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A “Balloon Satellites” Project Course

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Collection

2008 Annual Conference & Exposition

Location

Pittsburgh, Pennsylvania

Publication Date

June 22, 2008

Start Date

June 22, 2008

End Date

June 25, 2008

ISSN

2153-5965

Conference Session

Undergraduate Space Design and Project Courses

Tagged Division

Aerospace

Page Count

18

Page Numbers

13.135.1 - 13.135.18

Permanent URL

https://peer.asee.org/3780

Download Count

898

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Paper Authors

biography

John Kuhlman West Virginia University

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John Kuhlman is a Professor of Mechanical and Aerospace Engineering at West Virginia University. He received his Ph.D. degree from Case Western Reserve University in 1975, and his M.S. and B. S. Mechanical Engineering degrees also from CWRU in 1973 and 1970, respectively. His current research interests include spray cooling, reduced gravity fluid mechanics and heat transfer, and applied CFD. He is a course co-instructor for the WVU Balloon Satellites project course project course, and also serves as a course instructor for the WVU Microgravity Research Team project course.

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biography

G. Michael Palmer West Virginia University

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G. Michael Palmer is a Professor Emeritus of Mechanical and Aerospace Engineering at WVU. He is the primary course instructor for the WVU Balloon Satellites project course, and the developer of all of the WVU Balloon Board hardware and software.

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Abstract
NOTE: The first page of text has been automatically extracted and included below in lieu of an abstract

The WVU “Balloon Satellites” Project Course

Abstract

Over the past six years a “hands-on” aerospace engineering project course has been developed and offered at West Virginia University (WVU), where student teams conceive, propose, design, build, fly, track, and recover small electronic experiment payloads, using helium-filled latex weather balloons to send their payloads well into the stratosphere. Thus, in a single semester, and at relatively low cost, students participate in a space-like mission, complete from mission concept development to data analysis. This course is patterned after similar courses offered at other universities, and has added a much-needed emphasis on “space” in the WVU Aerospace Engineering curriculum. The main course goal is to provide students with a hardware-oriented, hands-on design project experience. This course can fulfill a technical elective requirement in either the WVU Aerospace Engineering or Mechanical Engineering curriculum. The course organization and course procedures are described, along with a summary of the types of student payloads that have been developed and flown by the student teams to date.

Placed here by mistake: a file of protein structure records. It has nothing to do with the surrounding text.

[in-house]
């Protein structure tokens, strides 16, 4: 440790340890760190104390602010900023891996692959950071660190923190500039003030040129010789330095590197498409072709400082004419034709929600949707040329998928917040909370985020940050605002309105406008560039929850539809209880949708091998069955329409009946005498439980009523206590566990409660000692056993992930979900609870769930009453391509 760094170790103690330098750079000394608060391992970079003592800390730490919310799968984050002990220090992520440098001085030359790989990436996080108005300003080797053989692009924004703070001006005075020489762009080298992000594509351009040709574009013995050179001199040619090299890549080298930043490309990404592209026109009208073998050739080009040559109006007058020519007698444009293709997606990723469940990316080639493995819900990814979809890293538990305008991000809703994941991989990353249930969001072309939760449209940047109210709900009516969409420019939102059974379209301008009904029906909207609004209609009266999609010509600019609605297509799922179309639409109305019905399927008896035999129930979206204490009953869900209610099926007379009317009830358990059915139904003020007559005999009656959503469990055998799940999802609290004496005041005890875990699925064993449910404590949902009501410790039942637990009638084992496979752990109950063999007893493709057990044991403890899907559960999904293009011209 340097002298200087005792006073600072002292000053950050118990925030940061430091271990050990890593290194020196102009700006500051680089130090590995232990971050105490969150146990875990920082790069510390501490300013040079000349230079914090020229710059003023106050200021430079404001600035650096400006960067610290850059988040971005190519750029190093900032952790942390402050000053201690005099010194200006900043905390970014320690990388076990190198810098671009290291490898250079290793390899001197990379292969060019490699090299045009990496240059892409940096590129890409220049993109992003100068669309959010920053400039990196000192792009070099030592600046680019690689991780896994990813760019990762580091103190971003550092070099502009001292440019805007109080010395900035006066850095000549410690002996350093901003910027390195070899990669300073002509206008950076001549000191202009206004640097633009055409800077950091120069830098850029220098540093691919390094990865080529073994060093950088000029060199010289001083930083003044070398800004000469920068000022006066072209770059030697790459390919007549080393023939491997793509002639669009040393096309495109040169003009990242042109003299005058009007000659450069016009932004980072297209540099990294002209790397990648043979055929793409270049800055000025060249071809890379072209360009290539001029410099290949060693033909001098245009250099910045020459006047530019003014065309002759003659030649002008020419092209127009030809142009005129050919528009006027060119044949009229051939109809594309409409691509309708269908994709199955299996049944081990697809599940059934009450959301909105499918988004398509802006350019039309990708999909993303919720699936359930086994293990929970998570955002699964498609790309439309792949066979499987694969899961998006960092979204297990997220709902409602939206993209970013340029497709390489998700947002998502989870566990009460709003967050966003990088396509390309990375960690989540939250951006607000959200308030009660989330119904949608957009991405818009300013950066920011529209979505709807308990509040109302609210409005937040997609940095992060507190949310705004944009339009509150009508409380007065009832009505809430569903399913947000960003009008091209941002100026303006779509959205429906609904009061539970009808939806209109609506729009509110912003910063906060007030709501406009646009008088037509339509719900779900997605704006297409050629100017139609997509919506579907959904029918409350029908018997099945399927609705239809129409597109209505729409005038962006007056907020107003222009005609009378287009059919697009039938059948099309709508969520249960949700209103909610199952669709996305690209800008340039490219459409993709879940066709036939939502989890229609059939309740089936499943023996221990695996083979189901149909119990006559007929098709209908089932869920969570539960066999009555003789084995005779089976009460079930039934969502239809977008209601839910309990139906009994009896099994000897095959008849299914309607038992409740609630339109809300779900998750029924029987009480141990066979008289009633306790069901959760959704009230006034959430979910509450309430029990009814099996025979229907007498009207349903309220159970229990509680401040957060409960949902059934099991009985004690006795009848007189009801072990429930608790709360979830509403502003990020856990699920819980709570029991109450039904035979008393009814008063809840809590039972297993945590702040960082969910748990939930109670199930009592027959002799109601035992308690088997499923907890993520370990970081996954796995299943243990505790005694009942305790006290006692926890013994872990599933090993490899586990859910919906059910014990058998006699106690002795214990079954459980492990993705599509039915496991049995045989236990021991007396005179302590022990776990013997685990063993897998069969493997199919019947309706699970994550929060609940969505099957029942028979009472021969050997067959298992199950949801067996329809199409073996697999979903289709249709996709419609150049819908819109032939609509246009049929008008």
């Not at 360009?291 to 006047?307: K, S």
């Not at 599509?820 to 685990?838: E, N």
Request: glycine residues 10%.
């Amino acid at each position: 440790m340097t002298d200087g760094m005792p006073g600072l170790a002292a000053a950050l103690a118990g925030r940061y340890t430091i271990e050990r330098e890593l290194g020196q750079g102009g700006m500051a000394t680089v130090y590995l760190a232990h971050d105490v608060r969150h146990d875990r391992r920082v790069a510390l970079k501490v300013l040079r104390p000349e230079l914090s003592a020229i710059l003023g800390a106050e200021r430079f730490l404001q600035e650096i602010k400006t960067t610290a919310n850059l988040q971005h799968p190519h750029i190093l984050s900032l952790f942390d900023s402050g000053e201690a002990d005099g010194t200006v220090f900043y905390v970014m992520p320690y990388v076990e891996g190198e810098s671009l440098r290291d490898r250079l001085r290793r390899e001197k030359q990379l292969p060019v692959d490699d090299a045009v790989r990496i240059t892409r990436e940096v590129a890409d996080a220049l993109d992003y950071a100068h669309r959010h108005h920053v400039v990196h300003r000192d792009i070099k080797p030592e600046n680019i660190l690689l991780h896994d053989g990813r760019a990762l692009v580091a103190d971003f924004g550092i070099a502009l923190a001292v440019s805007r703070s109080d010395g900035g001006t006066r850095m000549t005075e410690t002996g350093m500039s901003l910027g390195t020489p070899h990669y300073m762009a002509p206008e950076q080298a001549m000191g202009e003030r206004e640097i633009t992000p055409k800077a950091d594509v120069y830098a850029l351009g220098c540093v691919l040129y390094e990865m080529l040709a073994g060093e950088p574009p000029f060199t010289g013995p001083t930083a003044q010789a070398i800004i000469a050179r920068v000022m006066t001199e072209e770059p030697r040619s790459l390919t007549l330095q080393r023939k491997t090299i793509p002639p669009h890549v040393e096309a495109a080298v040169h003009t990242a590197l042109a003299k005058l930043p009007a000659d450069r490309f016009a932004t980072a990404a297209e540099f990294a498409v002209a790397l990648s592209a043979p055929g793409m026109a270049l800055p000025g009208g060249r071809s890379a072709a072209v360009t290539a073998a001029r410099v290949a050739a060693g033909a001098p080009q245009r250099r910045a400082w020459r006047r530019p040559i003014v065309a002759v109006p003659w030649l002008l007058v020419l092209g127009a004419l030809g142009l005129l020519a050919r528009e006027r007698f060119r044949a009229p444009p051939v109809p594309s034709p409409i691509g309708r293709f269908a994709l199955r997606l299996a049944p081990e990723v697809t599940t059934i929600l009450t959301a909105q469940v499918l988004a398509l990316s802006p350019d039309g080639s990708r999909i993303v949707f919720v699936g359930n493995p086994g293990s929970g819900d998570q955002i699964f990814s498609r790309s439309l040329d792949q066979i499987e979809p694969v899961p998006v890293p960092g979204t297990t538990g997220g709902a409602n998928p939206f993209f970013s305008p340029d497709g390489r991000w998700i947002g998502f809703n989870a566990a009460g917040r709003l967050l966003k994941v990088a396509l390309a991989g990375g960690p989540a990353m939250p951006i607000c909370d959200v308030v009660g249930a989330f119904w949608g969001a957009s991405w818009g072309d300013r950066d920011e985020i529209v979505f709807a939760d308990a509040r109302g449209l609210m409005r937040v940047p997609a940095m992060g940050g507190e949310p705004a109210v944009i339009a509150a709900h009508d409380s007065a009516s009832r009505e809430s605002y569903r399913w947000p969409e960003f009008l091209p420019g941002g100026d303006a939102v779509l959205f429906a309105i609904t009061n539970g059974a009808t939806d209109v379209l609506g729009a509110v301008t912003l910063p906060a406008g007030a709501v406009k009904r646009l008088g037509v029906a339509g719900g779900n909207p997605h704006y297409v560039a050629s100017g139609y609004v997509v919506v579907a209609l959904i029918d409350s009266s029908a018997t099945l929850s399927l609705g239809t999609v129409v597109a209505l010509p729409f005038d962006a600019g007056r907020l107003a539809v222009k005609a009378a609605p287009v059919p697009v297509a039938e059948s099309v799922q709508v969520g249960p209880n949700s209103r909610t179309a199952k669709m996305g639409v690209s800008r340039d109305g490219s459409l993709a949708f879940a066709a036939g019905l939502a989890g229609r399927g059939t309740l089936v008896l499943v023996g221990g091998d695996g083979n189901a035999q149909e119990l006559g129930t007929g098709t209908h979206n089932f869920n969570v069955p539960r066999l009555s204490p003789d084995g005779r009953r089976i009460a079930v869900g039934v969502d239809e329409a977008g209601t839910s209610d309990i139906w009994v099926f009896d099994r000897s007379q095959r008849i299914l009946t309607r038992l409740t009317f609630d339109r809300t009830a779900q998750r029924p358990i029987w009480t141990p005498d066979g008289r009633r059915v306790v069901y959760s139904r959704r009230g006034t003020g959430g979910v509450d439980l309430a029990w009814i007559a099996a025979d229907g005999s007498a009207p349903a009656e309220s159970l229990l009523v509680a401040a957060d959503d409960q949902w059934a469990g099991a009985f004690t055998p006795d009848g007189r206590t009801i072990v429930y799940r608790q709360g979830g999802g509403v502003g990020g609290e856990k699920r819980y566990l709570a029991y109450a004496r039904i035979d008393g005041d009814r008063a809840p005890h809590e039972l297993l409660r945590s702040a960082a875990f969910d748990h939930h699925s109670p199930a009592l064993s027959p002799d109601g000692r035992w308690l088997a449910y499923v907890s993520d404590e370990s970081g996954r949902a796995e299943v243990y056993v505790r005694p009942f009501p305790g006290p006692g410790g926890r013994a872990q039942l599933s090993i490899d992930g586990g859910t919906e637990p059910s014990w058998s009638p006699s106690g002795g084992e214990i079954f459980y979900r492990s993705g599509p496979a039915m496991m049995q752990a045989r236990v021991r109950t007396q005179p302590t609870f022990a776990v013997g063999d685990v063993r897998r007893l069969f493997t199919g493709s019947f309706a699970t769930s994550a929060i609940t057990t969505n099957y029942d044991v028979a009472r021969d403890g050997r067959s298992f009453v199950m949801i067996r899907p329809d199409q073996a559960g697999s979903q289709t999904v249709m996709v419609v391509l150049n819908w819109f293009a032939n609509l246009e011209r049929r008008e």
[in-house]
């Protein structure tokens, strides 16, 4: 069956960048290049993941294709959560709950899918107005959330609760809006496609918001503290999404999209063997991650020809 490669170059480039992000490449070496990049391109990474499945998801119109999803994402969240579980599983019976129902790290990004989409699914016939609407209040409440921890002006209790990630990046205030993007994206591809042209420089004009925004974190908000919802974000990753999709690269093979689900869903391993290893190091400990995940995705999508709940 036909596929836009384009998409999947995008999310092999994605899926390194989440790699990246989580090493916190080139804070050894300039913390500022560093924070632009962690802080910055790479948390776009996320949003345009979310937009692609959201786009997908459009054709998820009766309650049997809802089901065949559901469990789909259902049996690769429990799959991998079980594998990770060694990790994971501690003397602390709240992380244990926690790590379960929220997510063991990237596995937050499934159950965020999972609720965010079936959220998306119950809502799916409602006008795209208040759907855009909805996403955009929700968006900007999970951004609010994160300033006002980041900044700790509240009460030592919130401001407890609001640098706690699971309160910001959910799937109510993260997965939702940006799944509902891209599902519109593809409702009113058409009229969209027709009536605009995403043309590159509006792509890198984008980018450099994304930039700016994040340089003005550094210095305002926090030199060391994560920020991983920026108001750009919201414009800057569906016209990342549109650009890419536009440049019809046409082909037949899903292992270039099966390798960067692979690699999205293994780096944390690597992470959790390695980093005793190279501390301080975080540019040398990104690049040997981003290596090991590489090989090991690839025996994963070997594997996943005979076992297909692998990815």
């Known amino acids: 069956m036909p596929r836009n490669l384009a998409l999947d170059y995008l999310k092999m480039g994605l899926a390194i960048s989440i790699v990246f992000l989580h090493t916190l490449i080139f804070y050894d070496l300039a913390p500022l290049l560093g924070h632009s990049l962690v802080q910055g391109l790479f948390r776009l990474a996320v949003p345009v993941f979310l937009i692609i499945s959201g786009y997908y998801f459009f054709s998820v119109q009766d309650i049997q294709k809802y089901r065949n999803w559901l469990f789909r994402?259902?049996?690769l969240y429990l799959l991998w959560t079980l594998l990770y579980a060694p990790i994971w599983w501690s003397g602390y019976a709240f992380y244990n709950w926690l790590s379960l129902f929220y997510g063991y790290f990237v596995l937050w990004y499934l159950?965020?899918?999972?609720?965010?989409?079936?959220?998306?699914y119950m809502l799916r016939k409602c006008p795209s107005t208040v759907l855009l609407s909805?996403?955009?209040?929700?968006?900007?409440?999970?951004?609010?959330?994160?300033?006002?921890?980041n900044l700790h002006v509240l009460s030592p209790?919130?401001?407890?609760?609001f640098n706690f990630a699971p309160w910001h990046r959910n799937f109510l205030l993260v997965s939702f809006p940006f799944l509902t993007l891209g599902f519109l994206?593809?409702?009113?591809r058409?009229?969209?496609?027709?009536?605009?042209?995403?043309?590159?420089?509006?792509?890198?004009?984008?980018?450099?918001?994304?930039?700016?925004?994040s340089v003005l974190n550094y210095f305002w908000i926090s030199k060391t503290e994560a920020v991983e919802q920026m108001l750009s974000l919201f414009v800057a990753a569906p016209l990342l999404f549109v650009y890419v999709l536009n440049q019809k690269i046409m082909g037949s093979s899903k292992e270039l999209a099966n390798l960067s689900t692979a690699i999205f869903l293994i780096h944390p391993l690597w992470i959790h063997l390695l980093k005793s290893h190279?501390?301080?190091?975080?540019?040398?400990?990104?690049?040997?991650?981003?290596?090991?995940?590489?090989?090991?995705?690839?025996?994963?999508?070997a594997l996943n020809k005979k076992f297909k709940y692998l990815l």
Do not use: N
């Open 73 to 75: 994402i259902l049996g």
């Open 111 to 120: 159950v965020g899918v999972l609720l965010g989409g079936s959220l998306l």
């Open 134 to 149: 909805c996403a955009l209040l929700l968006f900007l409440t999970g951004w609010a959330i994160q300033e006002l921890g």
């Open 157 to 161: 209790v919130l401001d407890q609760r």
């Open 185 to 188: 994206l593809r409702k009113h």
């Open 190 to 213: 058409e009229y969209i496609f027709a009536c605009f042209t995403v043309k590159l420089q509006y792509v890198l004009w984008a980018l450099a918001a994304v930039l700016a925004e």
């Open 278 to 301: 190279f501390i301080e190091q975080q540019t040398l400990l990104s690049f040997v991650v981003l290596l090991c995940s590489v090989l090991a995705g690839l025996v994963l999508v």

Introduction

The WVU Balloon Satellites course instructors are both professors in the combined Mechanical and Aerospace Engineering (MAE) Department at West Virginia University. The WVU MAE Department has a long history of providing high-quality “hands-on” senior design projects as options for the required capstone senior design course in the Mechanical Engineering (ME) curriculum (e.g., formerly, the SAE Formula Race Car and Future Truck projects, and currently the SAE Mini-Baja Car, and Challenge-X, among others). However, there has been much less opportunity at WVU for the Aerospace Engineering (AE) majors to gain experience working on an open-ended design project in a team environment. For approximately the past ten years, AE students have been able to elect to participate in the AIAA “Design, Build, Fly” RC controlled airplane competition and receive credit for one of their three required senior technical electives in the AE curriculum. Additionally, for the past six years, students can also now elect to participate in the WVU “Balloon Satellites” project course, and can chose to count their course credit for this project as a senior technical elective. Neither of these open-ended, hands on design projects can be used to fulfill the capstone design course requirement at WVU; this course continues to be a traditional conceptual airplane design course. This paper will summarize the development of the WVU Balloon Satellites course, as well as describing the recent modifications to the course that have been implemented for the Spring 2008 semester offering of the course.

The WVU Balloon Satellites course has been patterned after similar courses and projects that were first developed as the BallonSats program at the University of Colorado1. In the Summer of 2002 the first author attended the Boulder BalloonSats workshop with WV NASA Space Grant Consortium Director, Dr. Majid Jaraiedi, to learn about this program and determine if a similar project could be offered to students at WVU. After returning to WVU, colleague G. Michael Palmer was recruited to co-develop this course, applying his expertise to develop all of the necessary data acquisition and balloon tracking hardware and software.

ASEE holds the copyright on this document. It may be read by the public free of charge. Authors may archive their work on personal websites or in institutional repositories with the following citation: © 2008 American Society for Engineering Education. Other scholars may excerpt or quote from these materials with the same citation. When excerpting or quoting from Conference Proceedings, authors should, in addition to noting the ASEE copyright, list all the original authors and their institutions and name the host city of the conference. - Last updated April 1, 2015